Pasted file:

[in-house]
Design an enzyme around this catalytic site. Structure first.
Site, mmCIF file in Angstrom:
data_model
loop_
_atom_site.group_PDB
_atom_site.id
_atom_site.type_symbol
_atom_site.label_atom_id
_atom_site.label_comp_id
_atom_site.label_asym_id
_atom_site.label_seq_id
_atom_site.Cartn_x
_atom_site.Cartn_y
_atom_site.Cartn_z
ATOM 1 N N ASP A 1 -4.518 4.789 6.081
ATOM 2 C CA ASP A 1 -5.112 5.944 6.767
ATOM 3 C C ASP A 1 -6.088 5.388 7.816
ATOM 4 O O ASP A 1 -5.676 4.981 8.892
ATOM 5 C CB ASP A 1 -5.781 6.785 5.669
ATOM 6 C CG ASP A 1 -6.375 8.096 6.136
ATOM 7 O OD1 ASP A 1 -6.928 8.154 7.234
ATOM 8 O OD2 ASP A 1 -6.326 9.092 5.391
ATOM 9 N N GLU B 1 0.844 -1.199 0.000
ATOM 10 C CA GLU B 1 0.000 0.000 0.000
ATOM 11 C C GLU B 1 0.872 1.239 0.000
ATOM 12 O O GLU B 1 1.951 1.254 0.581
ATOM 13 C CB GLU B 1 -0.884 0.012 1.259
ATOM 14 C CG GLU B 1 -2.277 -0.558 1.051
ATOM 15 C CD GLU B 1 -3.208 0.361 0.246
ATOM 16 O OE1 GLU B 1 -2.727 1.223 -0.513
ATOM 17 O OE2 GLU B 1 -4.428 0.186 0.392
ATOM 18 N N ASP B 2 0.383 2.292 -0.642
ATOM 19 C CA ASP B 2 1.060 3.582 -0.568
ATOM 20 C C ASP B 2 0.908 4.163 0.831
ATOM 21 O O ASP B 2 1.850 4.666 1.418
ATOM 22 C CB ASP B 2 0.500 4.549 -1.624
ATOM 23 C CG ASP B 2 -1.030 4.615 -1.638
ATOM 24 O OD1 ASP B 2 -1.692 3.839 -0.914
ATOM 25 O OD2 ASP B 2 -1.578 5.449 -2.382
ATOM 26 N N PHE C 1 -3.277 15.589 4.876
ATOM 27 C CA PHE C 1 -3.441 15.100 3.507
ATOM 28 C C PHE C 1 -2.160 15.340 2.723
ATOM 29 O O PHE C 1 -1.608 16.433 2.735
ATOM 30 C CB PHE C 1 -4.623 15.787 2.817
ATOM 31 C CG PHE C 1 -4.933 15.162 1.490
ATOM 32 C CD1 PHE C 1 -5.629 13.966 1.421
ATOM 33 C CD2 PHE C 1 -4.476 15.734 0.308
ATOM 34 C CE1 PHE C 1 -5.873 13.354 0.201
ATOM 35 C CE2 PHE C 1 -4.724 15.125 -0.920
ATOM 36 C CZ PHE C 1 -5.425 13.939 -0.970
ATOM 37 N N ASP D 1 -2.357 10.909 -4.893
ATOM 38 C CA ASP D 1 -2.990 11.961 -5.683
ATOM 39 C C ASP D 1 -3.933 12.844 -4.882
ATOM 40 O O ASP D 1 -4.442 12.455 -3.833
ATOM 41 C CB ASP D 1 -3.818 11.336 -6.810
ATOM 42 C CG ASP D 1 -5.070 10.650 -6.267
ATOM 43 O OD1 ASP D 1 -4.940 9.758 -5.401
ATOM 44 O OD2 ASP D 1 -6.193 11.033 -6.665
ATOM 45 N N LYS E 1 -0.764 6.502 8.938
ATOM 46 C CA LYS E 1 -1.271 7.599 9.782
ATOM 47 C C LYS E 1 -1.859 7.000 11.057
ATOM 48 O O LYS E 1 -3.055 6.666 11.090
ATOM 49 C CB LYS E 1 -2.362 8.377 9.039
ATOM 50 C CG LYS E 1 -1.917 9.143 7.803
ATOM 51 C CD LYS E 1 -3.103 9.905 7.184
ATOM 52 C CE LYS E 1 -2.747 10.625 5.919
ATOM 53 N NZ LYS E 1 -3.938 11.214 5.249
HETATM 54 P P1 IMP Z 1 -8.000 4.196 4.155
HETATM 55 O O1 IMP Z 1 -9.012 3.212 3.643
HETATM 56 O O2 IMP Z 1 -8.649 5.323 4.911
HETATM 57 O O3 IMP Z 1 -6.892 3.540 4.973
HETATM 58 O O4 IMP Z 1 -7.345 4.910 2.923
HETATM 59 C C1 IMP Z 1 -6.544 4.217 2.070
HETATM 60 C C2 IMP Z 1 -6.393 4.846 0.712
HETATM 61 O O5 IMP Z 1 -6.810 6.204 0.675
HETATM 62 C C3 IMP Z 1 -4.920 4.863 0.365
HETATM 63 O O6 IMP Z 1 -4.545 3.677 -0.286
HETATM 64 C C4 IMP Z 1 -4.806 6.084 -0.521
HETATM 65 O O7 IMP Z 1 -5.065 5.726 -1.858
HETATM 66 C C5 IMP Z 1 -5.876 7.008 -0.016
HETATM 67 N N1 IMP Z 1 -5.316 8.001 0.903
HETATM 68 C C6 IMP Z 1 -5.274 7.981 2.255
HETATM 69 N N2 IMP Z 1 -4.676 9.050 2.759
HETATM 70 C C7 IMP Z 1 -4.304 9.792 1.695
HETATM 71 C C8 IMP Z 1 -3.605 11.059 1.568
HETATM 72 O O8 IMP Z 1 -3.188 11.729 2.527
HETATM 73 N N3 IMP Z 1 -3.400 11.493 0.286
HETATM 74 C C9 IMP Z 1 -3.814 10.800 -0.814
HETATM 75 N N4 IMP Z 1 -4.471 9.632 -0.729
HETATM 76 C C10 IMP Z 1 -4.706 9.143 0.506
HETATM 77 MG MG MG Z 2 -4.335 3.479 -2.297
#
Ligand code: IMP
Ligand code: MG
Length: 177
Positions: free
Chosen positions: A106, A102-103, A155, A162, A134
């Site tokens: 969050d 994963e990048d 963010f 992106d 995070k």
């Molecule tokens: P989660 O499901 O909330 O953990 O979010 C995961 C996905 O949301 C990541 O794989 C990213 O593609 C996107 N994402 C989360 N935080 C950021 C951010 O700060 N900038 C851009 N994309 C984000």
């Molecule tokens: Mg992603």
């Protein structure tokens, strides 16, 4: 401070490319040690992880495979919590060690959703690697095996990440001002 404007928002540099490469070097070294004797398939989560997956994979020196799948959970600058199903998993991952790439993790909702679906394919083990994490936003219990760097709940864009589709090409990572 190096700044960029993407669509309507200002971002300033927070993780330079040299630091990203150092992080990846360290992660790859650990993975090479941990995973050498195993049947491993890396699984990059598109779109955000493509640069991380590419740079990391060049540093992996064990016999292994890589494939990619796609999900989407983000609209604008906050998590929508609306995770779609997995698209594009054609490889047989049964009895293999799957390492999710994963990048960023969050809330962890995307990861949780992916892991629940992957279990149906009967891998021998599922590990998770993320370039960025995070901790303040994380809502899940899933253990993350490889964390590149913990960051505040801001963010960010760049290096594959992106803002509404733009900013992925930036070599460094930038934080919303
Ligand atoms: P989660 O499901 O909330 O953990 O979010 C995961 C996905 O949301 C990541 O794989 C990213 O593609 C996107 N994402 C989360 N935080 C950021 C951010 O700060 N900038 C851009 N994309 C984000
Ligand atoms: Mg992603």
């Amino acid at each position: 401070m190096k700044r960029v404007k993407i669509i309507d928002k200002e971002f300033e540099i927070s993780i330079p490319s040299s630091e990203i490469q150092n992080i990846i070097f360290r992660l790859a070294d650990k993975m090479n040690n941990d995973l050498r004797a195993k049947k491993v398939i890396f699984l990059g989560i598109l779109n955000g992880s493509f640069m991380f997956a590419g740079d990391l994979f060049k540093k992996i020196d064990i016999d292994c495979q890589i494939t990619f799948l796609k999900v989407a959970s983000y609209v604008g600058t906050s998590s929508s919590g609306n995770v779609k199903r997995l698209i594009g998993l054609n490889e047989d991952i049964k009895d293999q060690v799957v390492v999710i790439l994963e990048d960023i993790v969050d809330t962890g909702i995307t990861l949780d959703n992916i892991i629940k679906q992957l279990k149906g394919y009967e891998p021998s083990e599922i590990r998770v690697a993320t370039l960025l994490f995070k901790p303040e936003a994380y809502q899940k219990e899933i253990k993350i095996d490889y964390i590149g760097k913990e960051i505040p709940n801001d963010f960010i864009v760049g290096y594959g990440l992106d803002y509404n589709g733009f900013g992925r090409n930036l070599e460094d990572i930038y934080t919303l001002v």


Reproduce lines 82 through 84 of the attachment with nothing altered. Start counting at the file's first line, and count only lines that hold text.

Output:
HETATM 67 N N1 IMP Z 1 -5.316 8.001 0.903
HETATM 68 C C6 IMP Z 1 -5.274 7.981 2.255
HETATM 69 N N2 IMP Z 1 -4.676 9.050 2.759